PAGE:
This story of extremism starts, like many in Germany, with Hitler. Specifically, a Hitler meme. Someone had posted the meme — illegal under German law for its Nazi content— along with some other racist remarks, on a school's digital bulletin board.
Memes are just one social media tool in the toolbox media-savvy extremist groups use. With "lighter content" they're extending their digital reach from the dark corners of the web to popular channels like YouTube, Instagram and gaming platforms.
And their audience includes teenagers, says Lisa Kiefer, who heads a project called CleaRTeaching, which launched in 2016 to help stop teens in Germany from becoming radicalized. The Hitler-meme incident happened at one of the project's partner schools.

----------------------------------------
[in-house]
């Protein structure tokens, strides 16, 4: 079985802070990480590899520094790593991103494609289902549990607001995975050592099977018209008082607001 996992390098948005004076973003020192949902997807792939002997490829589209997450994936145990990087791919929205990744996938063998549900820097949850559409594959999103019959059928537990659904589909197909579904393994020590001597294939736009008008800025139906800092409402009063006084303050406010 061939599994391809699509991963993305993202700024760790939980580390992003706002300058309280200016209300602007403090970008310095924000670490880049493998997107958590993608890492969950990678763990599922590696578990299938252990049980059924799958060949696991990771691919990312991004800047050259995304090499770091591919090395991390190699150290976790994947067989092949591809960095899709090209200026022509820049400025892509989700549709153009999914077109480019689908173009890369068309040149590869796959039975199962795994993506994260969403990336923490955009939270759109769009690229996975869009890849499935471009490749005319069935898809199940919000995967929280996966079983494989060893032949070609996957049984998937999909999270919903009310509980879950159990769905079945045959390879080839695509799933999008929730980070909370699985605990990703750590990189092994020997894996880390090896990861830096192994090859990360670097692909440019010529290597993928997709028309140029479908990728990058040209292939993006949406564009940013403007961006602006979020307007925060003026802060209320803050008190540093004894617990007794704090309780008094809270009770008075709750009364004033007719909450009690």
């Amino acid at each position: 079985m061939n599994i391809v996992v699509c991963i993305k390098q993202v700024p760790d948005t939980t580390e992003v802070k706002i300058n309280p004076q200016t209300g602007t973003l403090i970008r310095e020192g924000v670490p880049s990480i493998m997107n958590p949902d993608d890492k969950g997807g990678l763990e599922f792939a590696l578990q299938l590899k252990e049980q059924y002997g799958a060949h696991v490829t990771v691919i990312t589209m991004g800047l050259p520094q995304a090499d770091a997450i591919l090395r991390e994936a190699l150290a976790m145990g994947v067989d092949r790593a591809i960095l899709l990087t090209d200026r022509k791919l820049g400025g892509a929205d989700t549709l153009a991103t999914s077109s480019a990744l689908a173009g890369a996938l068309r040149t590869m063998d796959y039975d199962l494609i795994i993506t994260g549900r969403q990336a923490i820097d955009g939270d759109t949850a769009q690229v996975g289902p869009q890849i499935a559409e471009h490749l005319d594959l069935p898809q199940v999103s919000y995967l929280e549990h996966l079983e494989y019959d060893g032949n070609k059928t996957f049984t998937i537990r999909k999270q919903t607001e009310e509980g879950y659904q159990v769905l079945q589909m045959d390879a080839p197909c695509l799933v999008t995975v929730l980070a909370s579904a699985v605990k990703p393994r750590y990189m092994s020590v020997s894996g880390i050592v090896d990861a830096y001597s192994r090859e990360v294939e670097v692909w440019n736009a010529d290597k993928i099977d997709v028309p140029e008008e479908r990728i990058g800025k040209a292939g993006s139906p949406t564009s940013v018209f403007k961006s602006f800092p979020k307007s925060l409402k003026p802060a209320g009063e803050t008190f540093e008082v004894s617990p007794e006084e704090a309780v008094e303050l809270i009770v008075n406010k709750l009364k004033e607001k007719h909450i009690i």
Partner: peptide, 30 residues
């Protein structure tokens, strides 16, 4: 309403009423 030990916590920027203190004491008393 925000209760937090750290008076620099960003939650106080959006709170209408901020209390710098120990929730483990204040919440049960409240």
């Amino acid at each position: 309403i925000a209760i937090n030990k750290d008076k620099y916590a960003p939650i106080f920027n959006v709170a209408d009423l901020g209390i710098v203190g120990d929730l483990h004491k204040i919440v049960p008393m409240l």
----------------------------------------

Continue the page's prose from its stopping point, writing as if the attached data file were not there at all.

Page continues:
Posting an offensive, or in this case, potentially illegal meme, doesn't necessarily spell radicalization, Lisa Kiefer points out. It does, however, point to a disturbing trend among the underage population: They're now more likely to share extremist content, in many cases unknowingly.
It's not uncommon for students to share videos and other content that to them "seems completely harmless," says Kiefer."But it becomes a bigger problem when you know what's actually behind it. And there's a lot of that going around."
Radicalization in the age of COVID-19
With the COVID-19 pandemic forcing teens to stay home, it has become less likely teachers will catch wind of problematic content like the Hitler meme making its rounds among students at school. And without the teachers' support, some students may become even more vulnerable to extremist groups online.